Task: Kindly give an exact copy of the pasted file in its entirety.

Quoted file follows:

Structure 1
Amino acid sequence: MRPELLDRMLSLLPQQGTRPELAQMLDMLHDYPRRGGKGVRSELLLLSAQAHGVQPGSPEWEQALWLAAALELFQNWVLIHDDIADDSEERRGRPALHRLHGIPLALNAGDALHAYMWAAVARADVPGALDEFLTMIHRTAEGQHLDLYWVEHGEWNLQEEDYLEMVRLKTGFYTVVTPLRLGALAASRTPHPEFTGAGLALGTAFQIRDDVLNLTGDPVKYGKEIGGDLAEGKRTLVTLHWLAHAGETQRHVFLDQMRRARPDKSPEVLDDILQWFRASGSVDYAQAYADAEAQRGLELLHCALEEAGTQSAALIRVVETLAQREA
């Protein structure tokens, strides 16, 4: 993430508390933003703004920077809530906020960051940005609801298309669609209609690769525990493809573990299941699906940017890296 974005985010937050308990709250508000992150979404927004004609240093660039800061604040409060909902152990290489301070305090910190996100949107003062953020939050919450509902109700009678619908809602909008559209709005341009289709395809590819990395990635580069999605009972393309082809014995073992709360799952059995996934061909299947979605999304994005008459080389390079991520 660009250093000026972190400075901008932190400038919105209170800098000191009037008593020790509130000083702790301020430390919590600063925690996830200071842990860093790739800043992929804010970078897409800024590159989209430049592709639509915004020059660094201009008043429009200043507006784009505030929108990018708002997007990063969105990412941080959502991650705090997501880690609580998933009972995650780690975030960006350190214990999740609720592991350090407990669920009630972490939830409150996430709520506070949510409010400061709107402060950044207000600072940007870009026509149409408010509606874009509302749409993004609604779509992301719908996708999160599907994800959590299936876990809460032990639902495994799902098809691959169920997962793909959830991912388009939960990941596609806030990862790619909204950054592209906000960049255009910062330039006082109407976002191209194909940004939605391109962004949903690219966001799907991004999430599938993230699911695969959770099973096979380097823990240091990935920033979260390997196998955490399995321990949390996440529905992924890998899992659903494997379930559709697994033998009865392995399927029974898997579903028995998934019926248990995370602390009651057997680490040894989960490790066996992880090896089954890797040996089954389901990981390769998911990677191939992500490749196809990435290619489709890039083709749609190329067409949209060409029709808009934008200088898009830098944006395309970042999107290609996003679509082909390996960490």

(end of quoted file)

Structure 1
Amino acid sequence: MRPELLDRMLSLLPQQGTRPELAQMLDMLHDYPRRGGKGVRSELLLLSAQAHGVQPGSPEWEQALWLAAALELFQNWVLIHDDIADDSEERRGRPALHRLHGIPLALNAGDALHAYMWAAVARADVPGALDEFLTMIHRTAEGQHLDLYWVEHGEWNLQEEDYLEMVRLKTGFYTVVTPLRLGALAASRTPHPEFTGAGLALGTAFQIRDDVLNLTGDPVKYGKEIGGDLAEGKRTLVTLHWLAHAGETQRHVFLDQMRRARPDKSPEVLDDILQWFRASGSVDYAQAYADAEAQRGLELLHCALEEAGTQSAALIRVVETLAQREA
């Protein structure tokens, strides 16, 4: 993430508390933003703004920077809530906020960051940005609801298309669609209609690769525990493809573990299941699906940017890296 974005985010937050308990709250508000992150979404927004004609240093660039800061604040409060909902152990290489301070305090910190996100949107003062953020939050919450509902109700009678619908809602909008559209709005341009289709395809590819990395990635580069999605009972393309082809014995073992709360799952059995996934061909299947979605999304994005008459080389390079991520 660009250093000026972190400075901008932190400038919105209170800098000191009037008593020790509130000083702790301020430390919590600063925690996830200071842990860093790739800043992929804010970078897409800024590159989209430049592709639509915004020059660094201009008043429009200043507006784009505030929108990018708002997007990063969105990412941080959502991650705090997501880690609580998933009972995650780690975030960006350190214990999740609720592991350090407990669920009630972490939830409150996430709520506070949510409010400061709107402060950044207000600072940007870009026509149409408010509606874009509302749409993004609604779509992301719908996708999160599907994800959590299936876990809460032990639902495994799902098809691959169920997962793909959830991912388009939960990941596609806030990862790619909204950054592209906000960049255009910062330039006082109407976002191209194909940004939605391109962004949903690219966001799907991004999430599938993230699911695969959770099973096979380097823990240091990935920033979260390997196998955490399995321990949390996440529905992924890998899992659903494997379930559709697994033998009865392995399927029974898997579903028995998934019926248990995370602390009651057997680490040894989960490790066996992880090896089954890797040996089954389901990981390769998911990677191939992500490749196809990435290619489709890039083709749609190329067409949209060409029709808009934008200088898009830098944006395309970042999107290609996003679509082909390996960490």